The social news site Reddit has a thriving community devoted to all things Trump, appropriately called r/The_Donald. It boasts nearly a quarter-million subscribers, or “centipedes,” as they refer to themselves, and more than 22,000 of those “healthy patriots” were active in the threads during the second presidential debate.
That’s a tremendous number of people online at a given time for a singular pursuit—enough to force trending topics or sway the results of an instant reaction poll. Such was the case after the first presidential debate on Sept. 26, when Reddit and 4chan users colluded to swing online polls in Trump’s favor. At first glance, the real estate mogul clearly swept that initial debate, earning wins in reader polls by Time, CNBC, Fortune, Breitbart, and the Hill, among others, as captured in this now-infamous Trump tweet:
But those numbers unraveled under closer scrutiny, after the tactics of 4chan and Reddit were reported by the Daily Dot. Even a Fox News executive dismissed the unscientific online polls, clarifying that they “do not meet our editorial standards.”
Sunday evening, Reddit’s r/The_Donald rallied once more behind Trump, only this time they had some added motivation.
Trump left a brief message on the forum Sunday night, mere minutes before taking the stage. It was titled “MAINSTREAM MEDIA is rigged!,” a message that he attempted to underscore in his banter with the debate moderators throughout the course of the evening. (Trump also posted to the forum before the vice presidential debate and previously took part in an AMA, or “Ask Me Anything,” interview session on the site.)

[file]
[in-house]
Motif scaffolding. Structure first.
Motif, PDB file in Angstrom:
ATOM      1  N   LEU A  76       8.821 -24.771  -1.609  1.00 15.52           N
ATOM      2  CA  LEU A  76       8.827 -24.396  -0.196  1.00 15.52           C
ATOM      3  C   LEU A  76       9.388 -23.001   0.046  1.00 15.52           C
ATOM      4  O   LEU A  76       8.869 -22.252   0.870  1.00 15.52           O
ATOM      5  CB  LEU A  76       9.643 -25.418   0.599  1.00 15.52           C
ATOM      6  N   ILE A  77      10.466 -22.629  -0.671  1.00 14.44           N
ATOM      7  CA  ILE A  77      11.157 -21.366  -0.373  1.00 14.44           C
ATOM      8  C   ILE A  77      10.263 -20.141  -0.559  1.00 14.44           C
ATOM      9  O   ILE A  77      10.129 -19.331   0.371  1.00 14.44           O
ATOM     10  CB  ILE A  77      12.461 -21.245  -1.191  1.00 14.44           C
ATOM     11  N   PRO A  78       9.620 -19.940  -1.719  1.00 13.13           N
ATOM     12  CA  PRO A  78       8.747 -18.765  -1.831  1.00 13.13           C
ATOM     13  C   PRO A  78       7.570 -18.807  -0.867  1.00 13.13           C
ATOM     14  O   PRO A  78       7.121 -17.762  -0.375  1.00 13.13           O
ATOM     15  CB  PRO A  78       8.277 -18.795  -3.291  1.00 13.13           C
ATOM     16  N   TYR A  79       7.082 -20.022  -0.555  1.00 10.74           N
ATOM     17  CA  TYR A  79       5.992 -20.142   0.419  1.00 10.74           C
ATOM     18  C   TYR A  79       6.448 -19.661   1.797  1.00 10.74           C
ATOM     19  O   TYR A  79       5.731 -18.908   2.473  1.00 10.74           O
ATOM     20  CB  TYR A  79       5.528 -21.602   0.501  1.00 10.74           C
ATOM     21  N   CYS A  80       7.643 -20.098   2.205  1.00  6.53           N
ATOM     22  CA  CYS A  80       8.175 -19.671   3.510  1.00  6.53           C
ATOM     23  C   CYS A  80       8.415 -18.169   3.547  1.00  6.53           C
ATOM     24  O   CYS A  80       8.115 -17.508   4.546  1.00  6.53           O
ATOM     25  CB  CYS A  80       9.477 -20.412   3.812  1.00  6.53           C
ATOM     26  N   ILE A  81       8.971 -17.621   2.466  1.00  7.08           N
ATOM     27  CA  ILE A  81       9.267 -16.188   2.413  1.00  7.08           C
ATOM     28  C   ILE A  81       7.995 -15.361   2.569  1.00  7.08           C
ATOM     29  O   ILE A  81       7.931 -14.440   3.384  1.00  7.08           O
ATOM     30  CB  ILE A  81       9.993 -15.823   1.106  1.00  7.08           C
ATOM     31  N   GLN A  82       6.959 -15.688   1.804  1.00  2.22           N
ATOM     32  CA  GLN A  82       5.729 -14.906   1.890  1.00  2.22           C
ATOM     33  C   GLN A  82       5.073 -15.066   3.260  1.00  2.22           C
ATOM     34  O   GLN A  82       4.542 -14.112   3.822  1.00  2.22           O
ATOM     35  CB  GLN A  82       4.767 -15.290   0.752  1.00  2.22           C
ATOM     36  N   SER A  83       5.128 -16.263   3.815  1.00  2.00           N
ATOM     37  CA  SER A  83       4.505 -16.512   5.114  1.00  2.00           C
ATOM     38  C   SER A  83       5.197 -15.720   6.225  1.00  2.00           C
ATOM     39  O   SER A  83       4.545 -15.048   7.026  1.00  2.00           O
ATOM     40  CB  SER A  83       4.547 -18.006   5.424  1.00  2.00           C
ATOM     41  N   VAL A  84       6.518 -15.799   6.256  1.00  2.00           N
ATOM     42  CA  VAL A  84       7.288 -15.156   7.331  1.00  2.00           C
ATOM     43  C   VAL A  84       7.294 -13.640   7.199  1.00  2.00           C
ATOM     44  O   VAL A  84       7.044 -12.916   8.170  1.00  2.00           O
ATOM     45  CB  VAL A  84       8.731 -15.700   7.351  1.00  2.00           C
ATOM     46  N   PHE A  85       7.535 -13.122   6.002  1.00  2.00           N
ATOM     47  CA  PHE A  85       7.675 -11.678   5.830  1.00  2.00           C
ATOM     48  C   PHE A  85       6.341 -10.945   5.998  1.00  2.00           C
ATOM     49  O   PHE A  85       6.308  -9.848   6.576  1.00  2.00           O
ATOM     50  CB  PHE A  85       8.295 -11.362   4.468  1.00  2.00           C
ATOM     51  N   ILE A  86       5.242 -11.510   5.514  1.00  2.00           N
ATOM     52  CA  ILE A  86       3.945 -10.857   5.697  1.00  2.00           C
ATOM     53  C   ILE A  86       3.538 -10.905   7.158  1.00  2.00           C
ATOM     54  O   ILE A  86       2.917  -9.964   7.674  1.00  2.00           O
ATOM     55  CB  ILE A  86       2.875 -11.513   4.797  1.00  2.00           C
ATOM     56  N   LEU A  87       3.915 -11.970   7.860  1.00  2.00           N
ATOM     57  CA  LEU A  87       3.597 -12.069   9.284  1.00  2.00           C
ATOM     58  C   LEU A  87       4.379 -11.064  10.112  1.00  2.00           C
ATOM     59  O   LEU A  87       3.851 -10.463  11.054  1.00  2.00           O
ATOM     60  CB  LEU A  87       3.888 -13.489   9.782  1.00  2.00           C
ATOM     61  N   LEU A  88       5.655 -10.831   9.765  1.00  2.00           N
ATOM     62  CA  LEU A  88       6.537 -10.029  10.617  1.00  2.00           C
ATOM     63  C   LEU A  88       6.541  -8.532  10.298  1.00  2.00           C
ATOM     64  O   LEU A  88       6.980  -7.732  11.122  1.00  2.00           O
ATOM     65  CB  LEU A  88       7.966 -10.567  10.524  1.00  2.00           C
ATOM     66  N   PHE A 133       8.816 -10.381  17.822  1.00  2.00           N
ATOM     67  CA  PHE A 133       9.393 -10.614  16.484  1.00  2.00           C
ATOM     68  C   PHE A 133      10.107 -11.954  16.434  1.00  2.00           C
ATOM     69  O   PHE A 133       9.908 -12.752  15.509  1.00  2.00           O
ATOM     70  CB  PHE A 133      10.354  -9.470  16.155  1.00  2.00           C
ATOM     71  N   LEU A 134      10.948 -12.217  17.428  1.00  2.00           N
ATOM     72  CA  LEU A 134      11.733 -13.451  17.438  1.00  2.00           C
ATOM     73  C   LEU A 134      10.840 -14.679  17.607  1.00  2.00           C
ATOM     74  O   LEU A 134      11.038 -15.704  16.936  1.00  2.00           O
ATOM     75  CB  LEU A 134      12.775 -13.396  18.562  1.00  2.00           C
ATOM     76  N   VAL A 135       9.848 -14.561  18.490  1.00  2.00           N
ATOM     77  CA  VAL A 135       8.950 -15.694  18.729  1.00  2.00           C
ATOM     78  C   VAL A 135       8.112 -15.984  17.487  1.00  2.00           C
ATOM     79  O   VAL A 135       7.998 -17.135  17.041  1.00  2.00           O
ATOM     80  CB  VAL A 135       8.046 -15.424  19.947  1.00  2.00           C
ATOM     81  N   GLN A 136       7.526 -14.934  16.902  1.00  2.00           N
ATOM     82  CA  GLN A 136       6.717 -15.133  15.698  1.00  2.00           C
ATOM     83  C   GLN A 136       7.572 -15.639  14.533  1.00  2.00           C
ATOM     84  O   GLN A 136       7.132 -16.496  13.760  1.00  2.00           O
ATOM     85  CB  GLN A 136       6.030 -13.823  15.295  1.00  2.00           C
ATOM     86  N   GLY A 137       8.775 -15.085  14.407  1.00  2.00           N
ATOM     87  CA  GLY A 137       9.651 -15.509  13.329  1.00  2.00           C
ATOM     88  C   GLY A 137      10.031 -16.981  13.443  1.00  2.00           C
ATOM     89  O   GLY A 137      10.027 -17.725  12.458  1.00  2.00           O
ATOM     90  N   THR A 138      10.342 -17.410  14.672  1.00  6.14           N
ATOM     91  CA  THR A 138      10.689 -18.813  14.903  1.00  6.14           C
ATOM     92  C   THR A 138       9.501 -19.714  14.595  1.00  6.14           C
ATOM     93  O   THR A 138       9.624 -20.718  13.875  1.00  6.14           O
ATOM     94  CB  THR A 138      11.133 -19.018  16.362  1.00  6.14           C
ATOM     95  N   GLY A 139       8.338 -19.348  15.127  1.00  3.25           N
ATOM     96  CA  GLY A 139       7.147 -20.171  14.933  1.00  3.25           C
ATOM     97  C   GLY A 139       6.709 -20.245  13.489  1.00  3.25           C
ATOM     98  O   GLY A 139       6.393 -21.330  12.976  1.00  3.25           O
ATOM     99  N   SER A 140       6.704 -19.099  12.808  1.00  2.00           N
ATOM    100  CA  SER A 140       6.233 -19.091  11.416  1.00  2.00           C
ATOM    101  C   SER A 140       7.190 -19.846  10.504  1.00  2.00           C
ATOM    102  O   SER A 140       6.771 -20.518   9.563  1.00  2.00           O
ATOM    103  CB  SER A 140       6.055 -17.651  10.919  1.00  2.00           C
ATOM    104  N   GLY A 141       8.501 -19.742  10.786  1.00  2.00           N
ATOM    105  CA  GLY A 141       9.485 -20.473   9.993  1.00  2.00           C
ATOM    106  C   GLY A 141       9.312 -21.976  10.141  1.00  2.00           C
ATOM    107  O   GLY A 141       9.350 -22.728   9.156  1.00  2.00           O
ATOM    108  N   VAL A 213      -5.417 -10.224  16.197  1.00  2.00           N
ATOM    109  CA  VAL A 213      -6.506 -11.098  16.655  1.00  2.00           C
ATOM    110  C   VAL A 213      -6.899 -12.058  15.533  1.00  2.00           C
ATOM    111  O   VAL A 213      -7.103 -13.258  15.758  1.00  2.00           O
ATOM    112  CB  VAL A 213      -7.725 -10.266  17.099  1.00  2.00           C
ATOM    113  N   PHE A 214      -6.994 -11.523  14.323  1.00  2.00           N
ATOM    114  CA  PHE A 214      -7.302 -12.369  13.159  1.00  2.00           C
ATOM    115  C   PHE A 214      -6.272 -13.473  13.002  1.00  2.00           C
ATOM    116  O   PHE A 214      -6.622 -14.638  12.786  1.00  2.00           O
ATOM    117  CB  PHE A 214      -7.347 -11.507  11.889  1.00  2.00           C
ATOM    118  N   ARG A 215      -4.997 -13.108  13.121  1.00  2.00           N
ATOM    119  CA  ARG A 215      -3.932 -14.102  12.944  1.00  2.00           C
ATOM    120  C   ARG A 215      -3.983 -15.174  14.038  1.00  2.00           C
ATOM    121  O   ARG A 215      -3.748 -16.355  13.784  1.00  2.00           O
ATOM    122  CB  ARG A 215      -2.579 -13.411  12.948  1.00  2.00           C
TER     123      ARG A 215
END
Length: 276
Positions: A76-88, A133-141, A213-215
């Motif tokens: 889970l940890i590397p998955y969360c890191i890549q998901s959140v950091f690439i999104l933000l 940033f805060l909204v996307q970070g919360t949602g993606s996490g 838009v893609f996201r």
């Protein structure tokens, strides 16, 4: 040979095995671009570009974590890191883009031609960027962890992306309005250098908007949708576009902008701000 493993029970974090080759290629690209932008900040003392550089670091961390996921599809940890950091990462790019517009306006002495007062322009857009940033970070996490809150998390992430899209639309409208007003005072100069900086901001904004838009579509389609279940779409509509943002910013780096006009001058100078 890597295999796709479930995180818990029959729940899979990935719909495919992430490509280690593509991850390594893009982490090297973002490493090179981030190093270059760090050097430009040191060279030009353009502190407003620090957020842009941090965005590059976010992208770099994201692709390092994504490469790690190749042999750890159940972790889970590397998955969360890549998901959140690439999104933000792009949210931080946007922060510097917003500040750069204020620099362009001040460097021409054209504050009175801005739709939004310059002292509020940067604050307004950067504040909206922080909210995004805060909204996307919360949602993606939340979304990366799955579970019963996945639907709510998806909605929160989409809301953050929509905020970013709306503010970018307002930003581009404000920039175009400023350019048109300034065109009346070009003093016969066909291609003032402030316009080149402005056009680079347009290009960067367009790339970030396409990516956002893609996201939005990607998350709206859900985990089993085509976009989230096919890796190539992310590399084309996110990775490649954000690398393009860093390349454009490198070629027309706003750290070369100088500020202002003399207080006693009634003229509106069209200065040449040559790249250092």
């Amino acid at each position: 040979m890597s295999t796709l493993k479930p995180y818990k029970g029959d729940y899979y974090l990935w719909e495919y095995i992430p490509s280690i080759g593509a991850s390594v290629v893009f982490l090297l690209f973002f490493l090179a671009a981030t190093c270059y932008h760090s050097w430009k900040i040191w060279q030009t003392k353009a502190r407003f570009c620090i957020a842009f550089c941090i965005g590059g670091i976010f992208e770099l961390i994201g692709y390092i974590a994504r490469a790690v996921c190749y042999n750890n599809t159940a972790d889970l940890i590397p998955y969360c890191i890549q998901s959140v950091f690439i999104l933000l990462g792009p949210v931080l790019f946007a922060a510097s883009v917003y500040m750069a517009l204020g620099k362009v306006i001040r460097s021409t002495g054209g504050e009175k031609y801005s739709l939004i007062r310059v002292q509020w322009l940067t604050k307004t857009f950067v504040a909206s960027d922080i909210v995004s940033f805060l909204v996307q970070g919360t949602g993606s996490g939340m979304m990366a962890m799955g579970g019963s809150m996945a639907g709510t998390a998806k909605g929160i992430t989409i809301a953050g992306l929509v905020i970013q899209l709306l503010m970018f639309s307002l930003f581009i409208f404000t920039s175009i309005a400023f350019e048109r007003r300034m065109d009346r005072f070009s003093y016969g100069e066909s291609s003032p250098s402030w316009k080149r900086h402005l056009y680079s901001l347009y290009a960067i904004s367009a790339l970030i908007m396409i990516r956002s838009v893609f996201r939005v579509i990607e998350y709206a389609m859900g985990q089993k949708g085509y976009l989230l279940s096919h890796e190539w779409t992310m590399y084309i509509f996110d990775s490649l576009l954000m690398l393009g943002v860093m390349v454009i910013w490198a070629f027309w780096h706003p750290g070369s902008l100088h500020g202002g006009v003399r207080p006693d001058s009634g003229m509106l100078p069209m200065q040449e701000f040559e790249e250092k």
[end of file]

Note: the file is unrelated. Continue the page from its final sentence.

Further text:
I won’t allow them to push me out. I FIGHT for YOU, not them.
Hillary will have to answer for her actions TONIGHT.
Join all of my team, please. Join them all and stop the RIGGED mainstream media. Use #BigLeagueTruth and watch the debate LIVE on DonaldJTrump.com.
We will Make America GREAT Again.
The message clearly resonated on r/The_Donald, turning the thread into a lively hub for live reactions to the debate. It received more than 17,000 comments in just four hours. As the closing arguments took place, users were clamoring for links to polls, specifically those that are susceptible to various forms of manipulation, like vote brigading and botting.
The subreddit did not disappoint, posting links to dozens of instant-analysis surveys.
The efforts clearly had their intended effect.
Here’s one BuzzFeed poll that went in Trump’s favor, and the reaction it received on Reddit.
You could also see the impact on Twitter.
Who won the debate tonight?— UCF Knight News (@UCFKnightNews) October 10, 2016
QUESTION: Who won the second presidential debate?— IQOnlinePolls (@IQOnlinePolls) October 9, 2016
But it wasn’t a landslide, either. Clinton managed to pull ahead in a few online polls, including one from the Heavy (pictured below), which caused a mild panic in the forum.
If Clinton’s win in these polls was the result vote-brigading, it certainly wasn’t as obvious as what took place on Reddit. Trump, for his part, was eager to retweet his belief that he won the debate:
Just in case it still needs reiterating: Never trust unscientific online polls.